A previous HR-MAS study in vertebral disc also showed correlation between HR-MAS derived metabolic levels, including glycine and hydroxyproline and collagen contents measured by biochemical assays [15]. In addition, compared to conventional biochemical assays that provide only the total collagen content and cannot differentiate between the amounts of degraded collagen versus intact collagen, HR-MAS may provide more specific information related with different stages of collagen degradation by quantifying the resonances associated with the collagen content, their peak areas as well as line-width. The authors would like to acknowledge that one of the limitations of this study is that the metabolite resonances have not been corrected for their NMR relaxation times. However all healthy and OA cartilage samples were acquired with the same echo time (TE=144 ms) and as a result the comparison of metabolite concentrations between the two groups that have all been normalized to the ERETIC signal is still valid. The present study is also limited by the fact that no experiments were performed on quantifying collagen contents using biochemical assays or on evaluating collagen structures using techniques such as polarized light. Such measures are warranted in future studies to confirm the correlation between HR-MAS measures and collagen degradation in cartilage.

Conclusion

1H HR-MAS NMR is a non-destructive tool for analyzing the metabolite content in cartilage. This is particularly useful in studies wherein NMR analysis can be followed by bio-chemical, histological, immunohistochemical and genetic analyses of the same tissue specimens if necessary. The study described here presents findings of the application of 1H HR-MAS NMR spectroscopy at 11.7 T to characterize OA cartilage specimens obtained from advanced OA patients while they undergo knee replacement surgery and compare the spectral signature of OA cartilage with cartilage specimens harvested from non-osteoarthritic healthy cadaver knees (control). To our best knowledge, this is the first study documenting metabolic changes in human OA cartilage using HR-MAS NMR.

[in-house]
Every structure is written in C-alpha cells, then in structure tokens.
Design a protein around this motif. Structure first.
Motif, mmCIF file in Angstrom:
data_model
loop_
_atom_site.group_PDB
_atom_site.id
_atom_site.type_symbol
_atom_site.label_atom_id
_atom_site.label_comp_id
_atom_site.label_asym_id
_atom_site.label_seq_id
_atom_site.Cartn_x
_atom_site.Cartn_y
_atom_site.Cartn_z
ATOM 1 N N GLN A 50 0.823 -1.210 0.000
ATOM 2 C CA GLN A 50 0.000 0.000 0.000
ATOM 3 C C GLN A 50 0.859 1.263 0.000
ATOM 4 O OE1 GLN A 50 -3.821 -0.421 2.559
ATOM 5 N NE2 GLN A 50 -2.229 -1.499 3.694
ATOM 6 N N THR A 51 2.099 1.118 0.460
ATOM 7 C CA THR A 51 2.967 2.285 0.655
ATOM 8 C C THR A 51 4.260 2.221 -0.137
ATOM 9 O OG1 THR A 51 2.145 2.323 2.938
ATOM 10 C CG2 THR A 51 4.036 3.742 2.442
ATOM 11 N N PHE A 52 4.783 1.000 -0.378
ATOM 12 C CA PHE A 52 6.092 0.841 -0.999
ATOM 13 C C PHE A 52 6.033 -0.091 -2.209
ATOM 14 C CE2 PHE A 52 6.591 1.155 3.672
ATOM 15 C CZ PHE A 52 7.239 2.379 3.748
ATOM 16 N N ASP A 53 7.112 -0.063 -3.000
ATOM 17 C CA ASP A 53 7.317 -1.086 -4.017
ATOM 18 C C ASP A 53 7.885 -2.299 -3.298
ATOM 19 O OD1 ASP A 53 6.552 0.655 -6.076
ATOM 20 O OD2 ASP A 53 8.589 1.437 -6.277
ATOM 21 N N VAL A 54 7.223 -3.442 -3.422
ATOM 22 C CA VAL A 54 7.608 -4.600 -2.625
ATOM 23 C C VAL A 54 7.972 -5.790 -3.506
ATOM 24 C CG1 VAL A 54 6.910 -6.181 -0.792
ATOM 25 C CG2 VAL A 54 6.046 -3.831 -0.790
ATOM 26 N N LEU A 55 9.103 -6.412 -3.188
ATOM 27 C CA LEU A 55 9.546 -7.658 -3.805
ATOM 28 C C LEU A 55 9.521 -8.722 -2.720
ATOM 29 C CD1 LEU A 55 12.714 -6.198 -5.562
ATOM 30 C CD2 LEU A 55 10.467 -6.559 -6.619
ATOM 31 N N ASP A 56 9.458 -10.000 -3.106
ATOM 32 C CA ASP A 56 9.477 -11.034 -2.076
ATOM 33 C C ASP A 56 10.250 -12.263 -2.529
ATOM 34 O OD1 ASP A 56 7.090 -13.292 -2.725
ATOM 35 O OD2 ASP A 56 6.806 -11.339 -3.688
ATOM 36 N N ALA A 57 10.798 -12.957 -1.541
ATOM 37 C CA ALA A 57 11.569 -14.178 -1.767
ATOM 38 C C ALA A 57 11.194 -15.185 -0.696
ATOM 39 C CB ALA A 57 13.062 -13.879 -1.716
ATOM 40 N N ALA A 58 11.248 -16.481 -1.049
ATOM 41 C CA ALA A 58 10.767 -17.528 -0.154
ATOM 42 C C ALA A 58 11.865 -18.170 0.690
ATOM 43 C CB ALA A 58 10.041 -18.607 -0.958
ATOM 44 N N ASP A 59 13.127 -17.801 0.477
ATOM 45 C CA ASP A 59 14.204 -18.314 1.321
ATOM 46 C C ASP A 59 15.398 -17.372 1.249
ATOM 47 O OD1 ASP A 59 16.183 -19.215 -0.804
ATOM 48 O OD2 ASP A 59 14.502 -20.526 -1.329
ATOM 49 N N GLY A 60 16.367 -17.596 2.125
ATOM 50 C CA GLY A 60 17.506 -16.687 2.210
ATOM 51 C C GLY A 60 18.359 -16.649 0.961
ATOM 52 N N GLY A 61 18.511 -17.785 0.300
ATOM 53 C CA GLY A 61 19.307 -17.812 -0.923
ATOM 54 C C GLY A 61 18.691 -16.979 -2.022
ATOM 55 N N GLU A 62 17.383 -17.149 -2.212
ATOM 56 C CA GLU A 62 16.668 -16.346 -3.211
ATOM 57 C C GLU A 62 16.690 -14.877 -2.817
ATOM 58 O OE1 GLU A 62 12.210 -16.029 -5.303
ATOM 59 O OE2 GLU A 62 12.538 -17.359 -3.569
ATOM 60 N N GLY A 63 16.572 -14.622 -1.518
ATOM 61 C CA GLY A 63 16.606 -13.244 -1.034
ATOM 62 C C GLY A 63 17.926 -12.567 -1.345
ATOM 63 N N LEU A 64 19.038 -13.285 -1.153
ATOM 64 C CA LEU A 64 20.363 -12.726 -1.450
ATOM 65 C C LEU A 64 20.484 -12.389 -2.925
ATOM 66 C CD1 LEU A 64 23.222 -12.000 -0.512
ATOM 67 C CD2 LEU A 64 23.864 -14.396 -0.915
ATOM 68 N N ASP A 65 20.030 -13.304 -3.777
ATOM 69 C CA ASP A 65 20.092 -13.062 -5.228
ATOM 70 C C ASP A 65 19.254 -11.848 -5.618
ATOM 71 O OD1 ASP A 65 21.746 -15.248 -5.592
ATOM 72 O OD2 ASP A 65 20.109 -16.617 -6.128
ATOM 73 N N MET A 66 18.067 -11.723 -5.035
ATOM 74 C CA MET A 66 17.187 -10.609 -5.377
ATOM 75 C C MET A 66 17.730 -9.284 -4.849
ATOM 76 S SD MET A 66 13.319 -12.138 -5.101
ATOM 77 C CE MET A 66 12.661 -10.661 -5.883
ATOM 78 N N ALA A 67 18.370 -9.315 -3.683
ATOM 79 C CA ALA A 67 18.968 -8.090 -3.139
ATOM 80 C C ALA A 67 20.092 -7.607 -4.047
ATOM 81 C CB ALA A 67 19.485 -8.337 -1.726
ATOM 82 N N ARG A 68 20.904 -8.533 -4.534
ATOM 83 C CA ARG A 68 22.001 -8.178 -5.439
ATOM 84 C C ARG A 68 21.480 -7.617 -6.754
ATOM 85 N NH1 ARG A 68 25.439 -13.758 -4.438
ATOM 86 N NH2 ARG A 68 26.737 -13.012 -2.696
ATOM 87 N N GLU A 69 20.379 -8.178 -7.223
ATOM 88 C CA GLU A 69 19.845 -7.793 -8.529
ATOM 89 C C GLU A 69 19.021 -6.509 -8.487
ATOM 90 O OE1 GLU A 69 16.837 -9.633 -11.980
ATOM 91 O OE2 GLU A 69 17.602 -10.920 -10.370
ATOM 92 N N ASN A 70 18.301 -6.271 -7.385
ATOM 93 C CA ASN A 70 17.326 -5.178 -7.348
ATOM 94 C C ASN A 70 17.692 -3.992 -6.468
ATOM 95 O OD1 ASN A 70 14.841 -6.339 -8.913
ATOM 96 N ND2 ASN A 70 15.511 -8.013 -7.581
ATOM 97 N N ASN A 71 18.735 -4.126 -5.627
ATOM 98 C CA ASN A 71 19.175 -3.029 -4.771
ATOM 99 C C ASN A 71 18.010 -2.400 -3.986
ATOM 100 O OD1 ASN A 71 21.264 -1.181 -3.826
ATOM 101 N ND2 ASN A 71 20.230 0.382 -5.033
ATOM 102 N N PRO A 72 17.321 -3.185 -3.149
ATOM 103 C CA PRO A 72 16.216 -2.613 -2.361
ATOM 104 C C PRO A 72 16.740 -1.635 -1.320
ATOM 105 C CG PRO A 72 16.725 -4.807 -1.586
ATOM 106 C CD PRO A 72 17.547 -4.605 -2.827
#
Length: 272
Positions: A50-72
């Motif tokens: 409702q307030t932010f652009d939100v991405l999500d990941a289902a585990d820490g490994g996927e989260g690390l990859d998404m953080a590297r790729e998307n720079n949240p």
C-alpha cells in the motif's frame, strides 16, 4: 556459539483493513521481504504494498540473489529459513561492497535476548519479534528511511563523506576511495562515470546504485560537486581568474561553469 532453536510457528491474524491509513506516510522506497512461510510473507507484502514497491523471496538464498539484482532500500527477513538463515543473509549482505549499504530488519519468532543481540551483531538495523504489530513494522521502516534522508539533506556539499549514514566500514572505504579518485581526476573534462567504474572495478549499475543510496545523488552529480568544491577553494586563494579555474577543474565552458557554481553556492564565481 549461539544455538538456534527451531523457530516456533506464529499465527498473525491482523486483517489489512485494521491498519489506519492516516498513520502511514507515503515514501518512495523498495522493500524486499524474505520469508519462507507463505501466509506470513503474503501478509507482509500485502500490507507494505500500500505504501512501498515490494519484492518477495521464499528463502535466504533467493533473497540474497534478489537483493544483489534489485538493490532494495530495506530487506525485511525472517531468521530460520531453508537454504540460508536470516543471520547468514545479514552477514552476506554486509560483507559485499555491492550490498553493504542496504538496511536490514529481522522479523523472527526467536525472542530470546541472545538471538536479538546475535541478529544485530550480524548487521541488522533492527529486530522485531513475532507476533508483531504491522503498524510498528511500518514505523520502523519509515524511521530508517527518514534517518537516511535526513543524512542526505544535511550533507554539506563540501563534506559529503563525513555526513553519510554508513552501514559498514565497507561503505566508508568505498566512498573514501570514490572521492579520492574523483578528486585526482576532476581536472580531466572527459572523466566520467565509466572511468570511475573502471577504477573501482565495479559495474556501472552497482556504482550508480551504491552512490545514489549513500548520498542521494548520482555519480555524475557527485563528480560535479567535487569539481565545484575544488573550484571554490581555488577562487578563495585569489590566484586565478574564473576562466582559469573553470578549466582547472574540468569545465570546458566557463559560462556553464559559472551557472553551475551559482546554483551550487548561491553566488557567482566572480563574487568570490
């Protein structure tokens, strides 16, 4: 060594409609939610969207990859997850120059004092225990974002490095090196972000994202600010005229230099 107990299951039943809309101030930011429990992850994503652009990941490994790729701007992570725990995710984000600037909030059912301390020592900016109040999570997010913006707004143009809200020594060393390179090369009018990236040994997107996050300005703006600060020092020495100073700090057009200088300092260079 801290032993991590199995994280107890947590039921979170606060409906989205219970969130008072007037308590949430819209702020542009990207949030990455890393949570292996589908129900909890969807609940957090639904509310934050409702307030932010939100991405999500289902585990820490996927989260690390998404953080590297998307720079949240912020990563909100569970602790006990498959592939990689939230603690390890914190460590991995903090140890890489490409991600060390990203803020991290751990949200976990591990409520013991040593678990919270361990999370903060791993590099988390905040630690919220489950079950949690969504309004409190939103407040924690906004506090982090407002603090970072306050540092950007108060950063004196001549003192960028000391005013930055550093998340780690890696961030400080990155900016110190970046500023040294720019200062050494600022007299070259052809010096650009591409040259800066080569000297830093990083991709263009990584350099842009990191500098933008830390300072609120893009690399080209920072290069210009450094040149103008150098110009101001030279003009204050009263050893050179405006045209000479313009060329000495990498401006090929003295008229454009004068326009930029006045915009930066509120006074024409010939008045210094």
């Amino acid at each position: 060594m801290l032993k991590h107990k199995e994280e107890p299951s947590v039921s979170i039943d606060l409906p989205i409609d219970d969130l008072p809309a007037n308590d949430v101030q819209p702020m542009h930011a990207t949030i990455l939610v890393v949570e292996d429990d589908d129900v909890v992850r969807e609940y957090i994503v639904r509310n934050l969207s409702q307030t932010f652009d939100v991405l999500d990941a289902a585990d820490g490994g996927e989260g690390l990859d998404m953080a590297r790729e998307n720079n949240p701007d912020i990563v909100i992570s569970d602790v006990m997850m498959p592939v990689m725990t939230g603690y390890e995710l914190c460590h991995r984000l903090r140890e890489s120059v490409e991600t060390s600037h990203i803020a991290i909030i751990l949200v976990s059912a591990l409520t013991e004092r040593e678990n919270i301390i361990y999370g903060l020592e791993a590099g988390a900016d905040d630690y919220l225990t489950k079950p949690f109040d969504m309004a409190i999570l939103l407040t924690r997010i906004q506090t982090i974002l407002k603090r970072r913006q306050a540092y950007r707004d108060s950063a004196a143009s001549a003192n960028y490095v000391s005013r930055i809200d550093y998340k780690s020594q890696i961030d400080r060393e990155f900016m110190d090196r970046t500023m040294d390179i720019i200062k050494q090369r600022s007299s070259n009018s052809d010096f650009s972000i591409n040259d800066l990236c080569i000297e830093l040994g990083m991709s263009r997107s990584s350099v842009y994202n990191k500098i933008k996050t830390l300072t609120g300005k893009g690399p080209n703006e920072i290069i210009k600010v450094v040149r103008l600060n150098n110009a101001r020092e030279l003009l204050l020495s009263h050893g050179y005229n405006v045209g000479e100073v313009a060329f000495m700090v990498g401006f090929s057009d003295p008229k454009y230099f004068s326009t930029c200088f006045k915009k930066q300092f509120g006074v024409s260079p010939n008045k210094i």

A statistically significant difference in the alanine (1.47 ppm), N-acetyl (2.04 ppm), choline (3.25 ppm) and glycine (3.55 ppm) metabolite levels is observed between healthy and OA specimens. The results of the study indicate that a decrease in the intensity of N-acetyl resonance occurs in later stages of OA. The positive correlation of the N-acetyl levels as measured by 1H HR-MAS NMR spectroscopy with the total proteoglycan content in the same cartilage specimens as measured by the GAG assay indicate that N-acetyl can serve as an important bio-marker of OA disease progression. A decrease in the alanine concentration in OA may be attributed to the degradation of the collagen framework with disease progression and thereby loss of the degradation products that are transported into the synovial cavity.

This work demonstrates that HR-MAS spectroscopic analysis is highly reproducible and is capable of detecting differences in levels of important metabolites between healthy and OA cartilage specimens from human subjects. High resolution NMR spectra allow identification of important metabolic markers involved in disease progression in OA. This enables a better understanding of the mechanism of cartilage degradation in OA. Information regarding detectable markers of disease progression will then make available novel techniques for evaluation of new treatment modalities for patients affected by the disease.

Acknowledgments

This work was supported by the NIH/NIAMS R21AR056773 grant and seed grant funding from the Department of Radiology, University of California-San Francisco, San Francisco, California. The authors would like to thank Joseph Schooler and Fei Liang for helping with specimen collection.

Grant sponsor: NIH/NIAMS R21AR056773

Abbreviations used

OA
osteoarthritis
1D
one-dimensional
2D
two-dimensional
CS
chondroitin sulfate
HRMAS
high resolution magic angle spinning
PG
proteoglycan
GAG
glycosaminoglycan
TOCSY
total correlation spectroscopy
ERETIC
Electronic Reference To access In-vivo Concentrations
TKA
total knee arthoplasties